A Roman-era structure was once located near Falkirk. It was believed to be a circular temple and is known as Arthur’s O’on.
Falkirk | 400-700 AD
In the early fifth century, the Roman Empire began to withdraw from Britain due to various pressures. This marked the end of Roman rule in the area that encompasses modern-day Falkirk. The region likely experienced a degree of political and social distruption following the Roman departure, as local communities adjusted to the changing circumstances.
The post-Roman period saw the emergence of various groups, including the native Celtic population and incoming Anglo-Saxon settlers from the southeast of Britain. It’s likely that the Falkirk area was influenced by both Celtic and Anglo-Saxon cultural and linguistic elements.
The Kingdom of Strathclyde, a Celtic kingdom, held sway in parts of what is now southern Scotland and northern England during this time. The region of Falkirk may have been subject to conflicts and interactions between the Kingdom of Strathclyde and neighboring kingdoms and tribes.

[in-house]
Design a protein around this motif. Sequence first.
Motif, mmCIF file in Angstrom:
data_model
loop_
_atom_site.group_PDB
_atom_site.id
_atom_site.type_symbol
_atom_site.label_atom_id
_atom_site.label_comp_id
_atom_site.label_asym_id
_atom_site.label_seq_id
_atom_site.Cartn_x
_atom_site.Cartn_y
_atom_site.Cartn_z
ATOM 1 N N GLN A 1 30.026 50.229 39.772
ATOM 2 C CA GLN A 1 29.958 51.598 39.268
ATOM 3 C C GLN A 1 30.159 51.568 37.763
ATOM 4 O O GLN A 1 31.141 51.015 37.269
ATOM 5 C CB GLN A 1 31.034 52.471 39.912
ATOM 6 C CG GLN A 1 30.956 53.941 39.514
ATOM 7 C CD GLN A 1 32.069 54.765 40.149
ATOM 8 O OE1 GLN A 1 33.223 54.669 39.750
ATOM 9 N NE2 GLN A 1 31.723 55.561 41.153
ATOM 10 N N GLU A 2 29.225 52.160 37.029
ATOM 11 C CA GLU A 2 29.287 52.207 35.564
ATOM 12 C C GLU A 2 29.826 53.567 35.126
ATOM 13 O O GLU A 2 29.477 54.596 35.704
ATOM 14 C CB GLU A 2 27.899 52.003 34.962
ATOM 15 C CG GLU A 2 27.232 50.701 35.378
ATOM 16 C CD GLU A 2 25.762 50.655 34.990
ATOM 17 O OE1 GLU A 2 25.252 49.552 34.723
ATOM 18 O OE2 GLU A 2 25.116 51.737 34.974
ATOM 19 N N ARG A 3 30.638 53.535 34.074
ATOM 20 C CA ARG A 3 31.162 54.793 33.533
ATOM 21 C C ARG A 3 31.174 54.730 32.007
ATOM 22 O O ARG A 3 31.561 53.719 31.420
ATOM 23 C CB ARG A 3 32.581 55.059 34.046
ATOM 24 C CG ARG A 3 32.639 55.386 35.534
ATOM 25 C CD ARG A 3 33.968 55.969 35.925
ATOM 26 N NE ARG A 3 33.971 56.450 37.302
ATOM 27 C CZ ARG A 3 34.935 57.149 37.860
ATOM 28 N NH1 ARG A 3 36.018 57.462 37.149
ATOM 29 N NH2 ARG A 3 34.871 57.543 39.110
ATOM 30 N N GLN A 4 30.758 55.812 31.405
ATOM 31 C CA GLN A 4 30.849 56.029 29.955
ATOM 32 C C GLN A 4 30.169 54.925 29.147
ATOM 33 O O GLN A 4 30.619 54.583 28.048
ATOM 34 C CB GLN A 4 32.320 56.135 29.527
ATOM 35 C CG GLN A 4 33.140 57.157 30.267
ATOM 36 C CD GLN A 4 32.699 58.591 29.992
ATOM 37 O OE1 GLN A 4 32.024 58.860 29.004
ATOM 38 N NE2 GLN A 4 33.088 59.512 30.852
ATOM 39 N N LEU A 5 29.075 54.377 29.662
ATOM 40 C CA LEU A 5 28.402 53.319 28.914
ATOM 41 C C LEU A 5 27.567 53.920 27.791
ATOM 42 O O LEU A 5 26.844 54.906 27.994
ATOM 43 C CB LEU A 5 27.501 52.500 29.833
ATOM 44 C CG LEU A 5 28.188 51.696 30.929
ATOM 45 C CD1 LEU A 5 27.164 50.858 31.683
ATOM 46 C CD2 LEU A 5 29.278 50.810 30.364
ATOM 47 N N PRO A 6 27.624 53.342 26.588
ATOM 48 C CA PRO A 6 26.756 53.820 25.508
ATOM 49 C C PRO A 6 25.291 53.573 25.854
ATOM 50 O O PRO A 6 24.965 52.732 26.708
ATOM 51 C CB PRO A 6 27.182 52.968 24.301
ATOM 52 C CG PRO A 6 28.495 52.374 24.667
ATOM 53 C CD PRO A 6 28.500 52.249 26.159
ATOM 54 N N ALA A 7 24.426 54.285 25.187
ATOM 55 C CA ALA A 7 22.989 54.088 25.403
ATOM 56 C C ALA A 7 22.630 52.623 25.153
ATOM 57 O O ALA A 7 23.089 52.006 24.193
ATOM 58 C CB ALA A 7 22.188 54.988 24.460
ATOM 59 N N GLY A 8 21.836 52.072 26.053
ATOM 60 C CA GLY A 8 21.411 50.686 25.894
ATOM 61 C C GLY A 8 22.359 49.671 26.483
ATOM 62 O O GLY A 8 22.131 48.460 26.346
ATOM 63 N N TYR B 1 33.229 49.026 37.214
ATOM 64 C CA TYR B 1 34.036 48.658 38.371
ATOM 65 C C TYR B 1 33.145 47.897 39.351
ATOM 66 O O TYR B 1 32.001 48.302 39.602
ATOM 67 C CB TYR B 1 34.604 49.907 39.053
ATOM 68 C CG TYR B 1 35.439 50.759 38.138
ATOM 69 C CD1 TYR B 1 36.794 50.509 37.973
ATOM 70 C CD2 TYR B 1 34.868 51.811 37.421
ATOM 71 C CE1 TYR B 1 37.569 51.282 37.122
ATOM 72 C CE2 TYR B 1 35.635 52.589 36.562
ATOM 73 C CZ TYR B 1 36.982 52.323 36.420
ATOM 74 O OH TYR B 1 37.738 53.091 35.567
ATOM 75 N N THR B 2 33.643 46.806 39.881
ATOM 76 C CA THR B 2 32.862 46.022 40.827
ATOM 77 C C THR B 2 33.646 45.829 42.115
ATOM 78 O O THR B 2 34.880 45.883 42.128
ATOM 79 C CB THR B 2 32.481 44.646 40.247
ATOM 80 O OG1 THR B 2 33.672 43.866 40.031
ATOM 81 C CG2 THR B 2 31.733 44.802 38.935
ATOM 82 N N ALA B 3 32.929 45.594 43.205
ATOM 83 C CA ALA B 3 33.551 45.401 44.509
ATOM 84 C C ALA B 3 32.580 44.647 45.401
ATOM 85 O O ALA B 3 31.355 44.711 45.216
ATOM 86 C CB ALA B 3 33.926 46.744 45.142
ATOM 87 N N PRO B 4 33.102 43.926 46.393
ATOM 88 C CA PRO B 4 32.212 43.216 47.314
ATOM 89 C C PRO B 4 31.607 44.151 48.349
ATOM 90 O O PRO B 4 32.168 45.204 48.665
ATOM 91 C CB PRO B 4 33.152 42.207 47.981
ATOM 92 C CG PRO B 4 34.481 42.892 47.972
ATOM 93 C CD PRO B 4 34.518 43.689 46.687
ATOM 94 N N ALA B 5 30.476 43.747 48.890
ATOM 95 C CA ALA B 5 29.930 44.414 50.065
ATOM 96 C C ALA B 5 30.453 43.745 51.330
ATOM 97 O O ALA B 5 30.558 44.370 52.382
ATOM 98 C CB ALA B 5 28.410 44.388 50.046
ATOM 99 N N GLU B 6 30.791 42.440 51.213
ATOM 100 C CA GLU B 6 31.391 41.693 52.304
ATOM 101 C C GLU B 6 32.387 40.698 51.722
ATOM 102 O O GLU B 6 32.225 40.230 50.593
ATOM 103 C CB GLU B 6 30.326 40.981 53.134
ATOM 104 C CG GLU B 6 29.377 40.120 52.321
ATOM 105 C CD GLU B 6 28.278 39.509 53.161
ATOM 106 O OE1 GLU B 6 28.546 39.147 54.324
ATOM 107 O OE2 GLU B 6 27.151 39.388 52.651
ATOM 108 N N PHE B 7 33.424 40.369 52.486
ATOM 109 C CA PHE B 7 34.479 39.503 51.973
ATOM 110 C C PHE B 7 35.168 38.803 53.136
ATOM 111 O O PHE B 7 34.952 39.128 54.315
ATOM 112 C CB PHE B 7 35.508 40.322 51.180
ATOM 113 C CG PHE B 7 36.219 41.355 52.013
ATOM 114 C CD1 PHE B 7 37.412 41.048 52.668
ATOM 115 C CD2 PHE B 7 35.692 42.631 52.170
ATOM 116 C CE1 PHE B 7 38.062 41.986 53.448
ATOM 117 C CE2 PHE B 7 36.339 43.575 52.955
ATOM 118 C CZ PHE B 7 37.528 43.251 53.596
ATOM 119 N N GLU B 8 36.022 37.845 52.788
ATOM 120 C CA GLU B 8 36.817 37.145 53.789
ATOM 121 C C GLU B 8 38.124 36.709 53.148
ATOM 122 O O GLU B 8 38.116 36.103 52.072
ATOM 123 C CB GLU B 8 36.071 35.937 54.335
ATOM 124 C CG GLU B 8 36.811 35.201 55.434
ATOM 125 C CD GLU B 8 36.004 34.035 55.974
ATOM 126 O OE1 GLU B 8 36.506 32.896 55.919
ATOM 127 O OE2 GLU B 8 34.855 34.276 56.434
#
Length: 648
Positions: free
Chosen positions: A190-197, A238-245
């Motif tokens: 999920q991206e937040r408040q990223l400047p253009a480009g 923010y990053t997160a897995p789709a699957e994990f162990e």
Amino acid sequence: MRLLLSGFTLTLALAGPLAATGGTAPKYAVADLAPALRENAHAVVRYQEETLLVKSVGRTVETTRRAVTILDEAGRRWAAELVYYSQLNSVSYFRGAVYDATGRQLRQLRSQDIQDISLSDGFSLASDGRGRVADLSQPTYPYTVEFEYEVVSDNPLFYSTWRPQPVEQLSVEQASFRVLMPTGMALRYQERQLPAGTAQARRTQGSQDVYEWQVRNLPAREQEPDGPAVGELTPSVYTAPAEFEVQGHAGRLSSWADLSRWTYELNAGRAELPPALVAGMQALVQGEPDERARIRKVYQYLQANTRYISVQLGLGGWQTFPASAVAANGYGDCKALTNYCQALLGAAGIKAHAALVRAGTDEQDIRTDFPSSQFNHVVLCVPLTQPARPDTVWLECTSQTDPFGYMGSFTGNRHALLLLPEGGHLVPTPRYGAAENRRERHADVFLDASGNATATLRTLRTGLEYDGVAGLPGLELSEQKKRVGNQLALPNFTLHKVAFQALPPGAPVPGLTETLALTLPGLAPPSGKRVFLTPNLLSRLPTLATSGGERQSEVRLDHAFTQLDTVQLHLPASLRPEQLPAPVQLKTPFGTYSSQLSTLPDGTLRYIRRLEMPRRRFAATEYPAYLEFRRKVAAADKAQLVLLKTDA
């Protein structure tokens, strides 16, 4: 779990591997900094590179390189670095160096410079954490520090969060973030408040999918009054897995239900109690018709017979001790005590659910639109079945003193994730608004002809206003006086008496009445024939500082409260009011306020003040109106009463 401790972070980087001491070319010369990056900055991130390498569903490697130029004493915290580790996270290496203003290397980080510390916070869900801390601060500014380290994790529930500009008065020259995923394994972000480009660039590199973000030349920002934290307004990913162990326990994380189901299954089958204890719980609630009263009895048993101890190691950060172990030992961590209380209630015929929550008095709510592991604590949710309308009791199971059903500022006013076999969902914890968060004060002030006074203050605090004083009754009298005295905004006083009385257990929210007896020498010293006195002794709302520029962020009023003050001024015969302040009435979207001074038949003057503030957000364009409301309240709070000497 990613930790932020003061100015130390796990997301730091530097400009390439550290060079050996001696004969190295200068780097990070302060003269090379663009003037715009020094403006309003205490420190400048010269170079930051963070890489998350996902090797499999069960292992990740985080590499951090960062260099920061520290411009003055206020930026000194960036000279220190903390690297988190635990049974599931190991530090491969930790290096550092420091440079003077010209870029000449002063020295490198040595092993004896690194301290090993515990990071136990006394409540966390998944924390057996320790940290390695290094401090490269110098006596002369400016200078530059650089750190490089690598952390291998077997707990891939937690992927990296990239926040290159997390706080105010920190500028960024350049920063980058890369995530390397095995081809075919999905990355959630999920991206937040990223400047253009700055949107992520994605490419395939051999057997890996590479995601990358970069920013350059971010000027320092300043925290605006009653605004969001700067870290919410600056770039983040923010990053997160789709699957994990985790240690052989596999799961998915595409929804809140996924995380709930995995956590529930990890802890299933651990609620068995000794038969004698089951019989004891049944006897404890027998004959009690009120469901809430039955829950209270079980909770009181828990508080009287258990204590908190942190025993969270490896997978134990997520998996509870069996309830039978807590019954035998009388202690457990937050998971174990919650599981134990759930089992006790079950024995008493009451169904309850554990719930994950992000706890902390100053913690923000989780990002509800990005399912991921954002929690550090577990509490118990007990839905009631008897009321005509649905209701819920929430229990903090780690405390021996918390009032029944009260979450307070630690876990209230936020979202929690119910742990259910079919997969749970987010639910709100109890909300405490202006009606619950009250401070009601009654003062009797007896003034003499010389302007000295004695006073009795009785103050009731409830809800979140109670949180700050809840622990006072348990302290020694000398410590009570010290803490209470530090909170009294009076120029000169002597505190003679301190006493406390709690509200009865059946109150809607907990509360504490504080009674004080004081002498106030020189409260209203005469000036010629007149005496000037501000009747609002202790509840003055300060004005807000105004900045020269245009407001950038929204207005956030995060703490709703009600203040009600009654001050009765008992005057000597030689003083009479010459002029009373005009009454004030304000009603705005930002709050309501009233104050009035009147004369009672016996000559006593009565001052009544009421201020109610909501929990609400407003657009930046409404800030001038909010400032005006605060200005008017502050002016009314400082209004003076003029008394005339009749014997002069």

The Migration Period, spanning from the late 4th to the early 8th centuries, involved movements of various Germanic and Scandinavian groups (Vikings) across Europe. While the Falkirk area was not a central focus of these migrations, it could have seen some influence from the movements of peoples during this time.
The spread of Christianity continued during this period, and it’s possible that the Falkirk region saw the establishment of Christian communities, possibly associated with local monastic centers.
The lack of detailed historical records from this period makes it challenging to provide a comprehensive account of Falkirk’s history during the 400-700 AD timeframe. Most of the available information is inferred from broader historical trends, archaeological evidence, and later written sources.